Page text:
An Ode to the Bum Gun
A bidet shower has a hand-held triggered nozzle, similar to that of a kitchen sink sprayer, but it’s mounted next to the toilet. It delivers a spray of water to assist in anal cleansing. This is how you wipe your arse in Indonesia, and in many other Asian countries.
Sounds lovely, right?
In all seriousness, the bum gun serves a bigger purpose, as I have learned during my recent move to Bali. Unfortunately the sewerage systems here can’t process toilet paper here and the bidet shower, aka the bum gun, is the most efficient way to clean yourself once you’ve dropped the kids off at the pool. It’s always scary when you accidently flush some and then have to wait and pray to all the gods that it’ll go down.
Starting to use the bum gun it’s got me thinking about a lot of things. Like, at what point did us western societies decide to stop using this method of cleaning and instead make the choice to start cutting down trees for toilet paper? Logically, the bum gun is way more environmentally friendly and cost effective.
Maybe the concept of the bum gun sounds gross, or unusual or cringe-worthy. But the more you think about it, the more you realise that these countries have the right idea. We never really consider where our toilet paper comes from, but if we did, we’d realise it didn’t just grow on the supermarket shelves. Trees were cut down, plastic was manufactured to wrap it and oil was burned to transport it. All just so that we could wipe our arses with a soft piece of tissue and then carelessly flush it away.
I was told I would learn to love my bum gun. I wasn’t so sure, but I decided to venture into my first-time experience with an open mind. I’m a strong believer in trying everything at least once, otherwise you could miss out on something amazing. Deep down I really did want to love my bum gun, to ease into the local way of living, to prove to myself that I could do it. I mean, I was already in love with the idea and the knowledge of reducing my environmental impact, but I wasn’t sold on the actual process of using this newfound tool in my everyday life.
As I tentatively lowered myself down onto the seat I looked to my right and saw the bum gun just sitting there waiting, watching. I don’t know why I felt so scared; maybe the thought of shooting a jet stream of water onto my ass was more intimidating than I’d first thought, but it was too late to turn back. In those moments before I reached for my bum gun I had so many unanswered questions and no one was around to answer them for me. How powerful would it be? Do you shoot from the front or the back? Will I make a mess? Is it hot or cold? All of these things I had not previously considered.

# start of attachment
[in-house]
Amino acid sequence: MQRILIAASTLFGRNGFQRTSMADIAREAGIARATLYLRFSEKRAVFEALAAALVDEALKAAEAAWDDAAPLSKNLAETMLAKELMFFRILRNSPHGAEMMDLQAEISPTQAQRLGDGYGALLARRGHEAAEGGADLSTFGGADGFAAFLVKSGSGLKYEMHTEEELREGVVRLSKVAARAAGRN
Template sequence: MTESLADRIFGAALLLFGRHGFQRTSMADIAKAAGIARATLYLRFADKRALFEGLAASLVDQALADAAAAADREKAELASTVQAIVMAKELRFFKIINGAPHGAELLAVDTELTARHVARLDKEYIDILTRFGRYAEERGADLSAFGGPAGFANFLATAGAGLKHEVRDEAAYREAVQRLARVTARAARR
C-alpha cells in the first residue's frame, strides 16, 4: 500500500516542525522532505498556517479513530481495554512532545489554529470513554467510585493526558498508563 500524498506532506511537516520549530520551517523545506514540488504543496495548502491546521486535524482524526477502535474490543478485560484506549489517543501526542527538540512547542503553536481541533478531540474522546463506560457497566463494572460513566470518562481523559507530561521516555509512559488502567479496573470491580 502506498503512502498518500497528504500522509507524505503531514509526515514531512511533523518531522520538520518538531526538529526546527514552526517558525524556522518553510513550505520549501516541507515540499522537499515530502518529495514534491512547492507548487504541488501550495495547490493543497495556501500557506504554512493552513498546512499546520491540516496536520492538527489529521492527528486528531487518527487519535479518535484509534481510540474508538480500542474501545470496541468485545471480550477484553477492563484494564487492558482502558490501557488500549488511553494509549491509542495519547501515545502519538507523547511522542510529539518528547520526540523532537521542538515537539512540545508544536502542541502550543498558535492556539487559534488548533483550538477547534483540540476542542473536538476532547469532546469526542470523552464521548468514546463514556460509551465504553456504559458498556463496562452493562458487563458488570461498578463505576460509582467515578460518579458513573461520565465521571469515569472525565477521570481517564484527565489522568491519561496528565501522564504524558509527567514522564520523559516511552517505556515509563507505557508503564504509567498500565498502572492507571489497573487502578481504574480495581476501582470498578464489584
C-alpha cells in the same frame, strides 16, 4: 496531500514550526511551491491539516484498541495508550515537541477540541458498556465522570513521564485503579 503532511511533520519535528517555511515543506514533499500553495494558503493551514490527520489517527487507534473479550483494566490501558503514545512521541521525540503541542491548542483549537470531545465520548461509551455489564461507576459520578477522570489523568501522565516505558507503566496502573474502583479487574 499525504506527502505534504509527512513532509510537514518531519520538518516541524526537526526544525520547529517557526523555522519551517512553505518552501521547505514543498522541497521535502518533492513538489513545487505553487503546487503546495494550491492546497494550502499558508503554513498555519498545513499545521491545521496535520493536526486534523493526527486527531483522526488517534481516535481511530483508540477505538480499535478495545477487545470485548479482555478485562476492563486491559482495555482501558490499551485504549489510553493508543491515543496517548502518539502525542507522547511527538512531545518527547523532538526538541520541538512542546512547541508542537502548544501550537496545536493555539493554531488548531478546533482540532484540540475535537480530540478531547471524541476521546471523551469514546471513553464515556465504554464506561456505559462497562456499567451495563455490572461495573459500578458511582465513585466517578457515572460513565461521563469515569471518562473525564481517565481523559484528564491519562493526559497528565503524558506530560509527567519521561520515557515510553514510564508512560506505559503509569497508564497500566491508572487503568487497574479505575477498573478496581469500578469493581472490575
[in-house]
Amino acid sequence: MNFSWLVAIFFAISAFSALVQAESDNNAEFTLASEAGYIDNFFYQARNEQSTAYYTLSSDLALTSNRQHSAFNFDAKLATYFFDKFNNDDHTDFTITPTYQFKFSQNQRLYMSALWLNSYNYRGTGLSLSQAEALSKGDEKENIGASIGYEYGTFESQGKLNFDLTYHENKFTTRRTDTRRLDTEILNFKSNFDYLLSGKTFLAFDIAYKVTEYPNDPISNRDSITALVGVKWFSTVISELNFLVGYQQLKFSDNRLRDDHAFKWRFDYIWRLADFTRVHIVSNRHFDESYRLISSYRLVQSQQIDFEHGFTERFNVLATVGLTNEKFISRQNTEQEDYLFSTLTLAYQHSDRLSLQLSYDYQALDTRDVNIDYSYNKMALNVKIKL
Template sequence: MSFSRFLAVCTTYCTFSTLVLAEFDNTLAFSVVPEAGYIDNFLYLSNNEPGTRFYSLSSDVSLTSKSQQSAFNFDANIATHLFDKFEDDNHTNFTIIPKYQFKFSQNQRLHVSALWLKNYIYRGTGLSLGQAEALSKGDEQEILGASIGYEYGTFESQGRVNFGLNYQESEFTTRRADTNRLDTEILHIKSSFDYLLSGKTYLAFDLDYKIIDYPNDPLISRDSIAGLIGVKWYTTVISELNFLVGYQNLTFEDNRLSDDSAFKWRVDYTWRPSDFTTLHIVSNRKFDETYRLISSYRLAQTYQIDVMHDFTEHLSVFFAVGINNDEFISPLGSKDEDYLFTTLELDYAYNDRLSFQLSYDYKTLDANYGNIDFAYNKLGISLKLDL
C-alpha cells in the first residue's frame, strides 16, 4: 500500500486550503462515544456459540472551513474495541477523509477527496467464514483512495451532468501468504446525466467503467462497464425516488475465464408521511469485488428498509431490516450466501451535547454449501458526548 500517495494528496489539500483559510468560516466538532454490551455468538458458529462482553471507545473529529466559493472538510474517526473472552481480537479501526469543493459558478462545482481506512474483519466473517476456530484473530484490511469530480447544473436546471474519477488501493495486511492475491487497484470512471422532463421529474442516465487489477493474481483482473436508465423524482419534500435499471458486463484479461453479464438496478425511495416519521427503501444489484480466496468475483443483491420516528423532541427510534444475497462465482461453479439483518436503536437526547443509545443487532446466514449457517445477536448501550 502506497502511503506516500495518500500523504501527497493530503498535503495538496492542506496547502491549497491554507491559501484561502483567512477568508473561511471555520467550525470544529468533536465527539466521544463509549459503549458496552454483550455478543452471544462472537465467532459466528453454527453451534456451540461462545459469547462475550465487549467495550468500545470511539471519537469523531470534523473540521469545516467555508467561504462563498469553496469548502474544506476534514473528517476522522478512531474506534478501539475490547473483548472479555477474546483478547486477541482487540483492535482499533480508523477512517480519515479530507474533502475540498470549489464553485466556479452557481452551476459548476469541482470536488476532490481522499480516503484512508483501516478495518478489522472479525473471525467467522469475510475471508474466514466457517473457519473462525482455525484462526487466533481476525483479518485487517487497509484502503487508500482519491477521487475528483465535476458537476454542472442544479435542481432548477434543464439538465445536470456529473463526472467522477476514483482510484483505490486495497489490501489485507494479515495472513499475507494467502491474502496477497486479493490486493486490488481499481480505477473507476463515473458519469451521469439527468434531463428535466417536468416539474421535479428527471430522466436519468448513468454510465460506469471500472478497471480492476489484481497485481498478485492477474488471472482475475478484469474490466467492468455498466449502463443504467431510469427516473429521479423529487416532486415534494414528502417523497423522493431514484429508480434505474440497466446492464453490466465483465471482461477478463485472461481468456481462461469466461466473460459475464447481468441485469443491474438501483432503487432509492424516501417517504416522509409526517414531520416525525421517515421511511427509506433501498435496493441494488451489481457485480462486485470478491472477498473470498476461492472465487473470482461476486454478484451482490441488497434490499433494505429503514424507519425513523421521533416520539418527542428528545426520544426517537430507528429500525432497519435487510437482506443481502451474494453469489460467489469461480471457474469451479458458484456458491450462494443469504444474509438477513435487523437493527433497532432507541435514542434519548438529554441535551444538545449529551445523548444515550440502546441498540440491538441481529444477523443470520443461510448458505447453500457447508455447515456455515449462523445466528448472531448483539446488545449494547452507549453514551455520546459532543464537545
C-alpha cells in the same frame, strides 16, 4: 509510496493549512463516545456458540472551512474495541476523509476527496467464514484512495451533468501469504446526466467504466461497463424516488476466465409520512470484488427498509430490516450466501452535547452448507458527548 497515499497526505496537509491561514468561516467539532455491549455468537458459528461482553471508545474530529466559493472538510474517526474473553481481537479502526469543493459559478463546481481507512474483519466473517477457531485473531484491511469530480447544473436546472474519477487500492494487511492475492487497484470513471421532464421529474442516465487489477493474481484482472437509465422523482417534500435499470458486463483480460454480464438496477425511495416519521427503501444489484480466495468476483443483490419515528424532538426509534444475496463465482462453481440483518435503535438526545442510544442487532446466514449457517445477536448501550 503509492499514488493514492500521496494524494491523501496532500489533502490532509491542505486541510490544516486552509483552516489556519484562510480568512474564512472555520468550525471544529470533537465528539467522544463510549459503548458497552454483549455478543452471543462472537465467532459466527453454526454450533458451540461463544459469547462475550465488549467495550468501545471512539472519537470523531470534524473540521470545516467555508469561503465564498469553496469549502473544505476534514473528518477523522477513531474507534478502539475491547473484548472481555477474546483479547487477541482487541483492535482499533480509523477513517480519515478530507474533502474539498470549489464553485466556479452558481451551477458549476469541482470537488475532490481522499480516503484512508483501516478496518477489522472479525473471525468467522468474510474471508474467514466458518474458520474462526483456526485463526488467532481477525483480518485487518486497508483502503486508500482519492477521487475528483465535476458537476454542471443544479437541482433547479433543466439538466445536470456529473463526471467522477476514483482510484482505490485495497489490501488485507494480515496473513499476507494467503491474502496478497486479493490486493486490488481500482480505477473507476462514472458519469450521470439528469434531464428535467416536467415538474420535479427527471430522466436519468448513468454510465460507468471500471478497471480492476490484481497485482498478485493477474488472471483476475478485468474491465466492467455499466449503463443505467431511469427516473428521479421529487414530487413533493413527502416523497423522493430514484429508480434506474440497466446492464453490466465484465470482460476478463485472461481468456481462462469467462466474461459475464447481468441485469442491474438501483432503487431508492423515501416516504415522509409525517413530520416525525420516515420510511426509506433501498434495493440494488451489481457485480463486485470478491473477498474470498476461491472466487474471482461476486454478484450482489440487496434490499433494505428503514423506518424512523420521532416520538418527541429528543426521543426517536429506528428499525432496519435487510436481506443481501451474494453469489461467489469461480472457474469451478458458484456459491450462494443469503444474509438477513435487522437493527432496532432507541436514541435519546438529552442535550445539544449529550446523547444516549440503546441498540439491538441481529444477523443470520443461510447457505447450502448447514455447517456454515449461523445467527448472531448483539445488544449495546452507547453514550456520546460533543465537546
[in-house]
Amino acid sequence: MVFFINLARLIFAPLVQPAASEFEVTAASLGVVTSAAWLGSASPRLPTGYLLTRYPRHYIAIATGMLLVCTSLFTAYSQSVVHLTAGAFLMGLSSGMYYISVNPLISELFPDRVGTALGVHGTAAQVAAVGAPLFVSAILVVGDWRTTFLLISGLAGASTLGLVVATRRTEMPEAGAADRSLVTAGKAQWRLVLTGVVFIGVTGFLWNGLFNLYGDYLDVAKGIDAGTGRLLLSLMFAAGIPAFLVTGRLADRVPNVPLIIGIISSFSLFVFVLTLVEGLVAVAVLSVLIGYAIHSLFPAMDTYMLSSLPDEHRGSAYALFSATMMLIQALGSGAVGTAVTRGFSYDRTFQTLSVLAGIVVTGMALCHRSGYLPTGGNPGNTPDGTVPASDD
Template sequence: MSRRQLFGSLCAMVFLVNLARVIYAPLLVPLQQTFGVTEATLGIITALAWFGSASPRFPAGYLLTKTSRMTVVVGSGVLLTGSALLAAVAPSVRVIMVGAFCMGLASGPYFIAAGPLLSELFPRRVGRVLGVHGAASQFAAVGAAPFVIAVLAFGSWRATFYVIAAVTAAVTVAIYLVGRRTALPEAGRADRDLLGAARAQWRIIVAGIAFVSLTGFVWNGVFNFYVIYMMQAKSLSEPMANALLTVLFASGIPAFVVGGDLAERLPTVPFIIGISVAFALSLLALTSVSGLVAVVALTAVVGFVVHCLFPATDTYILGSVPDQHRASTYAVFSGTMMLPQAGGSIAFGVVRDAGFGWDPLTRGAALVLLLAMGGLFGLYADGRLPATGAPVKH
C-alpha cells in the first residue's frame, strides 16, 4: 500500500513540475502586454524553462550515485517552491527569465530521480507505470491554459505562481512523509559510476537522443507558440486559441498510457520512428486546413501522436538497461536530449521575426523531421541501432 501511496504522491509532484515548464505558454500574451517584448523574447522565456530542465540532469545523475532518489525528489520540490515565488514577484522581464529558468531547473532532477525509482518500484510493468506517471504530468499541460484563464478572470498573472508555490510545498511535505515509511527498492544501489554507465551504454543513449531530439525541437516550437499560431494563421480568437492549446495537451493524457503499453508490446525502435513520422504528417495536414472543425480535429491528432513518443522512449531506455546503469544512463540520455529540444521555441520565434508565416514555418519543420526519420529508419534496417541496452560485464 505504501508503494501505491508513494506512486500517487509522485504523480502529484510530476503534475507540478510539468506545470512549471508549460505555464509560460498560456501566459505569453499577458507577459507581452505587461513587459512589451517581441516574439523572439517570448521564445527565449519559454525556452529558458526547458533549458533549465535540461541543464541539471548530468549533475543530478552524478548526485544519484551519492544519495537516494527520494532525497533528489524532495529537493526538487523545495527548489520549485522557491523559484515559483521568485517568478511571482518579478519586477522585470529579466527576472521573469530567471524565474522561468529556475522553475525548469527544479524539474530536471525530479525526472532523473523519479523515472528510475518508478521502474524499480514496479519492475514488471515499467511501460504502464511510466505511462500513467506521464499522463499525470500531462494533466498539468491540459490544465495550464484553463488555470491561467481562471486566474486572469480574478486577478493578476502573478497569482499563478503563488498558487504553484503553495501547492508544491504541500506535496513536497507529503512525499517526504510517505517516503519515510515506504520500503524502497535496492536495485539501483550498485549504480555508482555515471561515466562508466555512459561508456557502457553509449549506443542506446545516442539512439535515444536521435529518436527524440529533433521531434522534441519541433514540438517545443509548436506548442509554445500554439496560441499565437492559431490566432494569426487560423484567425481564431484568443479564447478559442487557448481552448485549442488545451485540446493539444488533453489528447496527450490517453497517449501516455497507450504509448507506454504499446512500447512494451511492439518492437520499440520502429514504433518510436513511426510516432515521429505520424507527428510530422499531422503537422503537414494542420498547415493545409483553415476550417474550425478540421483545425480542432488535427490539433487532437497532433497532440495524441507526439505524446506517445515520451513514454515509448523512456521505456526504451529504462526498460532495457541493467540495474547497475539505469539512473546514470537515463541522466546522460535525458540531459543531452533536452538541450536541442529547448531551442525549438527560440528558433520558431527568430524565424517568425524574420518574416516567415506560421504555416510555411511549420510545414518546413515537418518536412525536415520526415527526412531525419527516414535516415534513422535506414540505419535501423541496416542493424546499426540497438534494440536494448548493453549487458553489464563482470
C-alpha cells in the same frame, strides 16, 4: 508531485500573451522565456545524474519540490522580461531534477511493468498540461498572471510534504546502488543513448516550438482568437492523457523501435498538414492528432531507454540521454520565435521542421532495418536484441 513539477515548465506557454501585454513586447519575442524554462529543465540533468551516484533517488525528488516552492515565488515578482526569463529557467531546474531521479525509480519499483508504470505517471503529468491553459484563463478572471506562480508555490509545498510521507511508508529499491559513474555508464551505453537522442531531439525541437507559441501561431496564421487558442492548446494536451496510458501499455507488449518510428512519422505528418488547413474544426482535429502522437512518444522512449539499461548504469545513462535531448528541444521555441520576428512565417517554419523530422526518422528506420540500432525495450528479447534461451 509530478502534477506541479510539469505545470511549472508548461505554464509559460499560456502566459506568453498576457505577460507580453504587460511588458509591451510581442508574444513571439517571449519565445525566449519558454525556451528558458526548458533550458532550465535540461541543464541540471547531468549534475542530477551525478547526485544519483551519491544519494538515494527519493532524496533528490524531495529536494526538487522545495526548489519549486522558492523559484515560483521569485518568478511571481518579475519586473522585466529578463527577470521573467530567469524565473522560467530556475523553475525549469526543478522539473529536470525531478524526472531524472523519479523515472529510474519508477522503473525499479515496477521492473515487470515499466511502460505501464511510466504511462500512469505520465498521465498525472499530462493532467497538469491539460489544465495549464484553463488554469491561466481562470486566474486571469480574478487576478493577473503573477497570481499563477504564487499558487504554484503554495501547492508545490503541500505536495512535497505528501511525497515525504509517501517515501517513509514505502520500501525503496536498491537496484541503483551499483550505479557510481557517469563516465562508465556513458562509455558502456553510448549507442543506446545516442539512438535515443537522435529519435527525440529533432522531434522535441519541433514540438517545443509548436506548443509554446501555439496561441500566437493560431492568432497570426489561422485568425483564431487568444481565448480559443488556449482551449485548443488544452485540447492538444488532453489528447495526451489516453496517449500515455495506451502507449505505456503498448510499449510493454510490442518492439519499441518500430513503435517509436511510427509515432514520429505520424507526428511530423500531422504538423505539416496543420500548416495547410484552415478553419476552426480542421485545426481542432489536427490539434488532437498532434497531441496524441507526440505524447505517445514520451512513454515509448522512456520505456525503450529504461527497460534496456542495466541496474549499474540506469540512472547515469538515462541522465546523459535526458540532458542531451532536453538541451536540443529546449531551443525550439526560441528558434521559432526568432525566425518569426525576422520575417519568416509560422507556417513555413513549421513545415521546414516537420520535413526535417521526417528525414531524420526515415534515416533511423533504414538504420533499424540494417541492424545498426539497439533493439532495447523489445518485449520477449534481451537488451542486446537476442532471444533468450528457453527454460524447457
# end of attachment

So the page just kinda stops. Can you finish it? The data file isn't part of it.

I reached for the bum gun and gave it a test shot. The damn thing was so powerful it flew across the room and hit the wall in front of me. Fuck. With more caution and a less intense grip on the button I twisted my arm around behind me, angled as best as I could and pulled the trigger.
It was cold and it felt messy. The mess can probably be attributed to the fact that I have since learnt I was supposed to shoot from the front and not from the back. Oops. But it really wasn’t as bad as I had previously feared. Aside from the fact that it was a high pressured water gun hitting my most vulnerable of places, I could probably get used to the sensation. Very used to it, in fact.
I still haven’t learned to love my bum gun; it’s a relationship I’m going to have to work on, but work on it I will. We’ve decided to take things slow for now. Sometimes I still accidentally flush my TP. I know it’s wrong, but sometimes when your mind is elsewhere it’s easy to slip back into old habits.
Which brings me back to my original question: why did the majority of the west transition from the environmentally friendly bum gun to the unsustainable environmentally damaging product that is toilet paper? In a time when the world is literally dying and global warming is our biggest threat, it makes much more sense to rekindle our relationship with the bum gun. It’s time to give a crap – after all, nature is calling.
Cover by Courtney Aho